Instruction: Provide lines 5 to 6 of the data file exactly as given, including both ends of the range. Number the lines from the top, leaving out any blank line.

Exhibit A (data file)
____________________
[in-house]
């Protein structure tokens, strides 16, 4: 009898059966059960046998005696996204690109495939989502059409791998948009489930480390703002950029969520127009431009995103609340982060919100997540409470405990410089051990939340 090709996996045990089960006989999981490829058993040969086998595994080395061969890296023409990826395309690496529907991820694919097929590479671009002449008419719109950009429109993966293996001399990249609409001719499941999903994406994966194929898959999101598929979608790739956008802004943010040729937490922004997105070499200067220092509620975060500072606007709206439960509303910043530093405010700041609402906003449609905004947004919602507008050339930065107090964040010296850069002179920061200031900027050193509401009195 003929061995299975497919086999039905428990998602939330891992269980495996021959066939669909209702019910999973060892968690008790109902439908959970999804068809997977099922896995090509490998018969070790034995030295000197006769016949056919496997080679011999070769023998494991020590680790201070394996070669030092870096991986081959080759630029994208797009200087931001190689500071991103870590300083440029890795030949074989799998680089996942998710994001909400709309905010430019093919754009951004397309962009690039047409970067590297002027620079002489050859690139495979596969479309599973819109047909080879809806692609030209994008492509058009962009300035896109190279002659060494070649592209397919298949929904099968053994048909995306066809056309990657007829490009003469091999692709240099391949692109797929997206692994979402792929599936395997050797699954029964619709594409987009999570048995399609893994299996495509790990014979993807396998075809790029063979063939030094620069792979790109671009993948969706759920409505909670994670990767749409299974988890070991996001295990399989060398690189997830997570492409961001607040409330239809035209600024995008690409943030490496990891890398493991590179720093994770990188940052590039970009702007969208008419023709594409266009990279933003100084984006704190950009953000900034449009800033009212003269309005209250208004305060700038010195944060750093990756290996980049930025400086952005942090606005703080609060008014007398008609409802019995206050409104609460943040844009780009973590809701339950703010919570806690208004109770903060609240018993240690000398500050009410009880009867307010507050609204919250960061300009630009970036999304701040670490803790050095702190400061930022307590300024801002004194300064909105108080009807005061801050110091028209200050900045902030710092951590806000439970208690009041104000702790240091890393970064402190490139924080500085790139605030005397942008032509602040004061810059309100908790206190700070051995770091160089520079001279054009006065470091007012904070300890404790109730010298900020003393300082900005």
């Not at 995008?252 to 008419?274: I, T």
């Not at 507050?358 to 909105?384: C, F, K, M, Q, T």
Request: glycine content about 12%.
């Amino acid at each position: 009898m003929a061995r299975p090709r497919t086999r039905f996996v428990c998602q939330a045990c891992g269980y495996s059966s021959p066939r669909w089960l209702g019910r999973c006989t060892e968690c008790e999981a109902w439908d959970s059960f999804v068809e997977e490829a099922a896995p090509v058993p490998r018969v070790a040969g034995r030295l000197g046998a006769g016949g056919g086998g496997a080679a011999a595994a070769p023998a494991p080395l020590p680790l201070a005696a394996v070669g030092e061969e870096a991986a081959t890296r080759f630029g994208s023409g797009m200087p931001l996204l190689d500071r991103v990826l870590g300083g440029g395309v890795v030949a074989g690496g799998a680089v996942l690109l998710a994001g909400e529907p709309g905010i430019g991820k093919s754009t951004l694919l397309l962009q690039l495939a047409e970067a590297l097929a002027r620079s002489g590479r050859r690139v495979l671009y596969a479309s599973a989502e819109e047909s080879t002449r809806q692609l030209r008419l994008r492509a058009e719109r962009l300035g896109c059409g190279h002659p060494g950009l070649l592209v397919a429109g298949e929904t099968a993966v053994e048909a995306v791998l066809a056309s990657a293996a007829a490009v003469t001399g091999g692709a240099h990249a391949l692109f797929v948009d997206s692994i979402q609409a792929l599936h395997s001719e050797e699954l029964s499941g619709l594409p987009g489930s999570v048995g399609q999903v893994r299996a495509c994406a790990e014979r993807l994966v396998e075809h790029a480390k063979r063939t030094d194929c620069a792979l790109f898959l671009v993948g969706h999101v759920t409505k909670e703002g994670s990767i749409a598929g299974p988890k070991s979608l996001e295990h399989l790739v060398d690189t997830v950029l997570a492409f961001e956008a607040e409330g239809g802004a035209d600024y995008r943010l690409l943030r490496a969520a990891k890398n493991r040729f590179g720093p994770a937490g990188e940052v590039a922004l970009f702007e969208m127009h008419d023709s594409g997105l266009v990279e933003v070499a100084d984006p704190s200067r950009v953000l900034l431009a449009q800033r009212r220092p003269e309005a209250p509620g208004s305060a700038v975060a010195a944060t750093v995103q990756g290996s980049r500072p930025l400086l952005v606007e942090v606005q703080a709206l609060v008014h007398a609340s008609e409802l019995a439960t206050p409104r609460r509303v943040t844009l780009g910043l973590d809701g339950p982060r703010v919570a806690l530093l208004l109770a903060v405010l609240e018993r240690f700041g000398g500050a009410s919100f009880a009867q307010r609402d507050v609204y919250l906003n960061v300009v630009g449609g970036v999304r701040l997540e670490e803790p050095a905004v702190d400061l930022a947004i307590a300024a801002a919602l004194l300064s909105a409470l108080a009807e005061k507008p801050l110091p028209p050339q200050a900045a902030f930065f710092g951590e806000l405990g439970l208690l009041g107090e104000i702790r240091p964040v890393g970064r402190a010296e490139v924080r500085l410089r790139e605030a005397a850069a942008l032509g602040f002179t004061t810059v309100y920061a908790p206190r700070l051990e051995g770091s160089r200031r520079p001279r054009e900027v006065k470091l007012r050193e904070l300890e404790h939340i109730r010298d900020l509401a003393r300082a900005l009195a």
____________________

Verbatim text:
Request: glycine content about 12%.
């Amino acid at each position: 009898m003929a061995r299975p090709r497919t086999r039905f996996v428990c998602q939330a045990c891992g269980y495996s059966s021959p066939r669909w089960l209702g019910r999973c006989t060892e968690c008790e999981a109902w439908d959970s059960f999804v068809e997977e490829a099922a896995p090509v058993p490998r018969v070790a040969g034995r030295l000197g046998a006769g016949g056919g086998g496997a080679a011999a595994a070769p023998a494991p080395l020590p680790l201070a005696a394996v070669g030092e061969e870096a991986a081959t890296r080759f630029g994208s023409g797009m200087p931001l996204l190689d500071r991103v990826l870590g300083g440029g395309v890795v030949a074989g690496g799998a680089v996942l690109l998710a994001g909400e529907p709309g905010i430019g991820k093919s754009t951004l694919l397309l962009q690039l495939a047409e970067a590297l097929a002027r620079s002489g590479r050859r690139v495979l671009y596969a479309s599973a989502e819109e047909s080879t002449r809806q692609l030209r008419l994008r492509a058009e719109r962009l300035g896109c059409g190279h002659p060494g950009l070649l592209v397919a429109g298949e929904t099968a993966v053994e048909a995306v791998l066809a056309s990657a293996a007829a490009v003469t001399g091999g692709a240099h990249a391949l692109f797929v948009d997206s692994i979402q609409a792929l599936h395997s001719e050797e699954l029964s499941g619709l594409p987009g489930s999570v048995g399609q999903v893994r299996a495509c994406a790990e014979r993807l994966v396998e075809h790029a480390k063979r063939t030094d194929c620069a792979l790109f898959l671009v993948g969706h999101v759920t409505k909670e703002g994670s990767i749409a598929g299974p988890k070991s979608l996001e295990h399989l790739v060398d690189t997830v950029l997570a492409f961001e956008a607040e409330g239809g802004a035209d600024y995008r943010l690409l943030r490496a969520a990891k890398n493991r040729f590179g720093p994770a937490g990188e940052v590039a922004l970009f702007e969208m127009h008419d023709s594409g997105l266009v990279e933003v070499a100084d984006p704190s200067r950009v953000l900034l431009a449009q800033r009212r220092p003269e309005a209250p509620g208004s305060a700038v975060a010195a944060t750093v995103q990756g290996s980049r500072p930025l400086l952005v606007e942090v606005q703080a709206l609060v008014h007398a609340s008609e409802l019995a439960t206050p409104r609460r509303v943040t844009l780009g910043l973590d809701g339950p982060r703010v919570a806690l530093l208004l109770a903060v405010l609240e018993r240690f700041g000398g500050a009410s919100f009880a009867q307010r609402d507050v609204y919250l906003n960061v300009v630009g449609g970036v999304r701040l997540e670490e803790p050095a905004v702190d400061l930022a947004i307590a300024a801002a919602l004194l300064s909105a409470l108080a009807e005061k507008p801050l110091p028209p050339q200050a900045a902030f930065f710092g951590e806000l405990g439970l208690l009041g107090e104000i702790r240091p964040v890393g970064r402190a010296e490139v924080r500085l410089r790139e605030a005397a850069a942008l032509g602040f002179t004061t810059v309100y920061a908790p206190r700070l051990e051995g770091s160089r200031r520079p001279r054009e900027v006065k470091l007012r050193e904070l300890e404790h939340i109730r010298d900020l509401a003393r300082a900005l009195a």